• Estimate the number of hours it will take to complete rolls of one grade before switching to another grade. The estimate is based on a number of factors such as the average rate of production for reels and sets of rolls, the quality of the present process and judgement as to whether culls or other problems are likely to occur. Failure to estimate accurately can affect the timing of other operations and lead to lost production. (3)
Oral communication Help - Oral communication
  • Receive directions from supervisors, such as the assignment and reassignment of tasks. (1)
  • Exchange information on production volume, quality and schedules with other operators. (2)
  • Discuss problems, such as poor paper quality or machine malfunctions, with foremen. (2)
  • Discuss product quality with the stock person who supplies the paper for the reels. (2)
  • Explain mechanical and production problems to millwrights and electricians. (2)
  • Give instructions to labourers about cleanup procedures. (2)
Thinking Help - Thinking Problem Solving
  • May find holes and defects in the paper. They must make adjustments in machine settings to bypass the holes and defects or cull sections of the paper. (1)
  • May find that paper is tearing or creasing. They must alter humidity levels, jet water pressure and proximity of dryers to stabilize the situation. (1)
  • May find that edges are rough and jagged. They must quickly diagnose the cause, which could be dull slitter blades, incorrect speed or a quality problem in the parent reel and take appropriate action. (2)
  • May have paper which is not balanced correctly on the roller and slips off. They must make an emergency stop to adjust the paper or the roller. (2)
Decision Making
  • Decide how many cores to get ready to meet production goals. (1)
  • Decide whether to reject a roll of paper with perforations, streaks or stains. (2)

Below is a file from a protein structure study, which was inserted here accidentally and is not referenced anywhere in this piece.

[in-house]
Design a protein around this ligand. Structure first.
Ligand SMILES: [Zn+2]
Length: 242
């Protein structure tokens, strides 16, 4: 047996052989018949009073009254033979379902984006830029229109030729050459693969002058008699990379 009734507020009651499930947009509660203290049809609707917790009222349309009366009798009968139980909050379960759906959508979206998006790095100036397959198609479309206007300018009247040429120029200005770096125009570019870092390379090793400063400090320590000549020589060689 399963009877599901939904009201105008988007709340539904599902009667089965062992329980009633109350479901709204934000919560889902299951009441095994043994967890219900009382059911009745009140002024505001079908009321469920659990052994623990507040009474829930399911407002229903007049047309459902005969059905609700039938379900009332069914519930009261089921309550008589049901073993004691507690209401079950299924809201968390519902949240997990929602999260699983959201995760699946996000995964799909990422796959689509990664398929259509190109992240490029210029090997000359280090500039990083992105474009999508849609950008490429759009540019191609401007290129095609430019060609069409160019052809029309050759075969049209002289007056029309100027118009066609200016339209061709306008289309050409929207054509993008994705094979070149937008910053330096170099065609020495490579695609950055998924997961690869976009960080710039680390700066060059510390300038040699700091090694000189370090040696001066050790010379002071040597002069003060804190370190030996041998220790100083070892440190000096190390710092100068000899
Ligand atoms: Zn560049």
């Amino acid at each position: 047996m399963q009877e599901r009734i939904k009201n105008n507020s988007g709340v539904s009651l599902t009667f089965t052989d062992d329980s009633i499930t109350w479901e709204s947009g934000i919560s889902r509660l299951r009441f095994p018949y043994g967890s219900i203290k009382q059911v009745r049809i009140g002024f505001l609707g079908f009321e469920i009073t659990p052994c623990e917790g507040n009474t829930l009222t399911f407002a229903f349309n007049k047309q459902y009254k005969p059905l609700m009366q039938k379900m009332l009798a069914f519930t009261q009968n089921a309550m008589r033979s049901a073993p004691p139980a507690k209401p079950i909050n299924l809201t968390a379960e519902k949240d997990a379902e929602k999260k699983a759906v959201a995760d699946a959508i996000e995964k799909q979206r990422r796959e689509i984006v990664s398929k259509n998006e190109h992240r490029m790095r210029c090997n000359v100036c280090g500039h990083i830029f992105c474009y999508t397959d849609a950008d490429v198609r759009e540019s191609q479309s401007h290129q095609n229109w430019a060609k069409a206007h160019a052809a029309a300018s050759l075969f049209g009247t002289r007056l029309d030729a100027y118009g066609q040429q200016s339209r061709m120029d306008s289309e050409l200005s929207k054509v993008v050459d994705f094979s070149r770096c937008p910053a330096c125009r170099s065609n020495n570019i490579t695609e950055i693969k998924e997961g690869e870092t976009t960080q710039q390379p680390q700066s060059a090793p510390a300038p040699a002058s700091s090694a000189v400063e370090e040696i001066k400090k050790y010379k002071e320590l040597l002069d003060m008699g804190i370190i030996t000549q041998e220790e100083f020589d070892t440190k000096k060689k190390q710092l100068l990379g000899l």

• Decide when to call in millwrights or electricians to do repairs, taking into account the consequences of down time during repairs. (2)
  • Decide whether to continue with a specific job when there is a high incidence of breakage or switch production temporarily to another job. (2)
  • Decide when adjustments must be made to machines to keep jobs within specifications and to deal with faults and rejected rolls. They make quick decisions on adjustments to tension, speed and pressure since paper is moving thousands of feet per minute. (3)
Critical Thinking

Critical Thinking information was not collected for this profile.

Job Task Planning and Organizing

Papermaking and finishing machine operators carry out repetitive tasks under the supervision of a foreman or lead hand. Little planning is needed when machines are running well. When machines are malfunctioning, however, work must be reorganized to ensure that production does not stop during repairs. They take into account the number of jobs waiting and the shipping deadlines when reprioritizing tasks. Co-ordination with other workers along the line is essential since most operators' jobs are part of a larger process which involves a production team. (2)

Significant Use of Memory
  • Remember codes for baled paper.
  • Remember all the adjustments made to machine settings so that these may be entered on a form.
  • Remember metric and imperial equivalents for core and roll sizes.
  • Remember the sequence of steps in the production process. Failure to remember one step will create problems further down the line.
Finding Information
  • Call up customer information and codes on a computer database. (1)
  • Refer to specification sheets to guide possible adjustments for various grades of paper. (1)
  • Consult co-workers and foremen about production and quality. (2)
Digital technology Help - Digital technology
  • Use other computer applications. For example, they may enter codes into computerized process control machinery. (1)
  • They may locate customer information on an ISO database. (2)
Additional information Help - Additional information Other Essential Skills:

Working with Others

Papermaking and finishing machine operators often work independently, operating controls, adjusting settings and loading cores. Some, such as the Winderman and the Fourth Hand, work in partnership. Operators are part of a production line team.

Continuous Learning

Papermaking and finishing machine operators receive on-the-job training in new processes. They receive courses when new equipment is introduced, such as the soft calender course and the dryer felt guiding course. Some workers take training in Emergency Response, and in environmental protection. ISO (International Standards Organization) 9000 training has been offered to workers in companies working towards ISO registration.